The word ‘polo’ probably brings up all kinds of ideas. It’s the name of a type of shirt, a type of necked jumper, and even the name of a popular type of mint! However, polo has always been the name of a popular sport. It may not be the sort you see people waving flags for and packing stadiums for in the same way as football, it remains a worldwide phenomenon which combines incredible horse riding along with spectacular hand-eye co-ordination.
Regardless of your own blank or full experience, we’ve lined up stacks of interesting facts about polo for you to get stuck into. Polo remains an amazing sport to watch as well as a fantastic game to play. If you’re just getting into the game or are fascinated by the immense history of the sport, here are more than a few tidbits which may be of news to you.
Polo is played by two teams, each mounted on horses, competing against each other on a large playing field.
Polo fields, by regulation size, are the largest playing fields of any sport at 300 yards long and 160 yards wide (274 meters by 146 meters respectively)! This is virtually the same area as would be covered collectively by just over nine football pitches, equating to ten acres!
The object of the game is to score points by negotiating the field on horseback, to strike a ball with a mallet, to get it into the goal net of the defended by the opposing team.
The duration of matches depends on the level being played but all are divided into short periods of high intensity action. These periods are seven minutes long and are called chukkas.
The time limit of a chukka is based on the estimated length of time horses can comfortably endure vigorous exercise. Both speed and agility are under pressure!
Polo matches are usually timed on the basis of four to six chukkas.
Ten mounted participants are on the field during play. There are four riders in each team and two mounted referees (also known as umpires).
A third standing referee assists in decision making if there is doubt or dispute about a situation in play which the mounted referees cannot agree upon.
Players have no fixed positions to play on the field but two are usually designated to ‘attack’, one player to ‘defend’ and the fourth player to work ‘midfield’.
Girls’ polo team
Both men and women play polo and gender is not a consideration in the game. Handicaps, however, are! Regardless of their gender, players who share the same level handicap are regarded as equals.
Handicaps relate to the number of goals scored with a range from two to ten. Handicaps are continually reassessed during the season of play.
Polo is a rare sport with regard to consideration of whether players are right or left handed. Though left handed players do play, the play must be from a ‘right handed perspective’.
Right hand play is the ‘norm’ considered essential for the safety of both humans and equines! The horses weighing around half a ton can travel up to speeds of around 30 miles per hour!
The horses used in the game, usually referred to as ‘ponies’, are normally thoroughbreds of approximately 15 hands tall. They are traditionally chosen for their agility, speed, and ‘acceptance’ of demanding tasks.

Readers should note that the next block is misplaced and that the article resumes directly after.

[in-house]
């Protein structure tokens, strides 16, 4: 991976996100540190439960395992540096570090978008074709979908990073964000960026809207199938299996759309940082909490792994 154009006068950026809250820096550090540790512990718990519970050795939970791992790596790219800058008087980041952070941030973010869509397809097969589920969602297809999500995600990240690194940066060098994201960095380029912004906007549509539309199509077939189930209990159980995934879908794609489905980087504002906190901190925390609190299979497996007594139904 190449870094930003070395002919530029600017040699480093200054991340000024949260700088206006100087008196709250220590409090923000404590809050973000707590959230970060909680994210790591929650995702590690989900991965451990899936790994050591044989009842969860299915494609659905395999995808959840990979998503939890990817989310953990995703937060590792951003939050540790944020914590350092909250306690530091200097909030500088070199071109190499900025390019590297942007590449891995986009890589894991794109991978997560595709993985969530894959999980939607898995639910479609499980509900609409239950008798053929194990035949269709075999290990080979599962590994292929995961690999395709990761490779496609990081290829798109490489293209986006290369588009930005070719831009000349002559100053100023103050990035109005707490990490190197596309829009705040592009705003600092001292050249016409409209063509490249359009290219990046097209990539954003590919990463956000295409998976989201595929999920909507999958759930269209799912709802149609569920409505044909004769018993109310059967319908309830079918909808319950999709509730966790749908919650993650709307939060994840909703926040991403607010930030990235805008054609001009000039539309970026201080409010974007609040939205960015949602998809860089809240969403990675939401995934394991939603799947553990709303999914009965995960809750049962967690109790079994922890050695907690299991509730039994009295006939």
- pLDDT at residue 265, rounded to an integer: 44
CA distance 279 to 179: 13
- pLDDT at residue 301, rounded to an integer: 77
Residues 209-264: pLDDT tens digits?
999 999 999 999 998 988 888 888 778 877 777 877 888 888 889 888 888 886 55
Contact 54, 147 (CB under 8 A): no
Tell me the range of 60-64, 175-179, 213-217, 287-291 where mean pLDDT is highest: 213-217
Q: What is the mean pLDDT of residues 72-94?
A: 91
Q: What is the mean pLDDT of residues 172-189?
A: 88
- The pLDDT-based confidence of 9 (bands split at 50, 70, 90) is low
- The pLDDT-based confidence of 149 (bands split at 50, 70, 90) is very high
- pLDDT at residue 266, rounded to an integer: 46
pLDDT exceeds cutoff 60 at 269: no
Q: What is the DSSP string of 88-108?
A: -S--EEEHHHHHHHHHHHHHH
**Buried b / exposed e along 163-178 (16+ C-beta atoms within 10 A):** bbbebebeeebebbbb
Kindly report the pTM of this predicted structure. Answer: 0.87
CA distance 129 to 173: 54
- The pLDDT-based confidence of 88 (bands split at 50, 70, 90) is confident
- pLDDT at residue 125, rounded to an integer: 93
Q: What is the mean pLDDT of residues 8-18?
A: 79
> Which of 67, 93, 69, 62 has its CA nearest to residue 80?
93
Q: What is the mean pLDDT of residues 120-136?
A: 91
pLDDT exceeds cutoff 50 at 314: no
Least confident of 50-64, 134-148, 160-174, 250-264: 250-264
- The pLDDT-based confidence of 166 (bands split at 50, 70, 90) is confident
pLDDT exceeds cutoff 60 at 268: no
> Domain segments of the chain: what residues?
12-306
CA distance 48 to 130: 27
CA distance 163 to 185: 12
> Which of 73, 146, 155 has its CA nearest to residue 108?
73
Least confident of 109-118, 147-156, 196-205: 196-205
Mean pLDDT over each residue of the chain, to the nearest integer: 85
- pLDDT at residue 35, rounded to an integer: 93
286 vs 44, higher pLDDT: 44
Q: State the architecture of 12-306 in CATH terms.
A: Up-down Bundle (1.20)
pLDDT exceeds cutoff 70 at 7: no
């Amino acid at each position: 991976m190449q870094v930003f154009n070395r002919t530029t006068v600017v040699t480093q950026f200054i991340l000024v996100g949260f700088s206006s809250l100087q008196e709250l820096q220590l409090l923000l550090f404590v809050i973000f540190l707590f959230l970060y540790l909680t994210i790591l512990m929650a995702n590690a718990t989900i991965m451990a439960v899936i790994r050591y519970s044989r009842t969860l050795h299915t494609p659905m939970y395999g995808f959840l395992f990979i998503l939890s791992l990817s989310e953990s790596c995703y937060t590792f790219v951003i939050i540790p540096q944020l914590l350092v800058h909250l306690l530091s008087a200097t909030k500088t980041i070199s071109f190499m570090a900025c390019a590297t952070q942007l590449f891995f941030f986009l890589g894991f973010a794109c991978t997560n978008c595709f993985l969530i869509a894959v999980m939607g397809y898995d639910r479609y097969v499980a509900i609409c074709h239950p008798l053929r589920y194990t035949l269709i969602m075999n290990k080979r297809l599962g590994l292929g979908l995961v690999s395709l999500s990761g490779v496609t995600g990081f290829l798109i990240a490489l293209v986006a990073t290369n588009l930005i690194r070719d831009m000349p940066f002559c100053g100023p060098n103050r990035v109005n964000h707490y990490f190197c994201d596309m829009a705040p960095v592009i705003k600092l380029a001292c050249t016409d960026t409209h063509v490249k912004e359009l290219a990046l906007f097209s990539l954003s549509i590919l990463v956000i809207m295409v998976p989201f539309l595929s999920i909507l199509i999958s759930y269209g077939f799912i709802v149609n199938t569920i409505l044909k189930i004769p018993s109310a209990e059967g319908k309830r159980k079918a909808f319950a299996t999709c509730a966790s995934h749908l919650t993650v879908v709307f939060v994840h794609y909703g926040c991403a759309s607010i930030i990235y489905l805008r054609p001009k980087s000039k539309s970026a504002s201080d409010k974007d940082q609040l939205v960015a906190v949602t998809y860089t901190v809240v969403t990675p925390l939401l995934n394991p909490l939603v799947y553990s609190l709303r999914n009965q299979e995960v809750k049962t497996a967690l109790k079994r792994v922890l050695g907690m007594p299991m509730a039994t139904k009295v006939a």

Manes and tails are traditionally cut short and/or plaited to minimize tangles. This is also to ensure full view of the ball, mallets, legs, and feet!
At one time, horses’ tails were amputated to leave only a short bump close to the body. Thankfully, this was deemed too cruel and tails are wrapped and/or trimmed nowadays instead.
Lumps of earth of varying sizes are kicked up by the hooves of horses during play. This creates quite a mess, and of course, an even playing field is better for the ball too!
The lumps are called ‘divots’, and now form the basis of a well-known tradition in the game. This is called ‘stomping the divots’, where spectators are invited onto the field during intervals to tread on the mounds and so level the field before the next play.
In accordance with tradition, polo players usually wear white trousers. This dates back to when Indian nobility started to play the game in extremely hot weather and white clothing was cooler to wear.
Polo was first seen as an Olympic sport during the Summer Games in 1900.
Polo is considered by many people to be the first organized team sport, likely to have been played by nomadic warriors.
Cave paintings show illustrations of groups of people on horseback, appearing to brandish ‘mallet’ shaped objects.
In the year 600 B.C. A tournament was played between the Persians and Turkomans, the latter of whom won the game. This is the first known game of Polo on record.
The sport spread from the east and was popular in India, from where British soldiers are likely to have first learned the game.
Initially referred to as ‘hockey on horseback’, officers based at the barracks in Aldershot organized the first recorded game in England. It was played at Hounslow Heath in 1869.
An Irish Captain in the British Cavalry’s 13th Hussars, John Watson, created the first-known official rules on which today’s games are based.
Subsequently, his ideas were revised and today the game is played in accordance with those regulations, known as the ‘Hurlington Rules’.
Today, Polo has regained popularity and at least 77 countries are known to play this fast and exciting sport.
Do you have any interesting or fun facts about polo that we’ve missed? Share them here in the comments section below!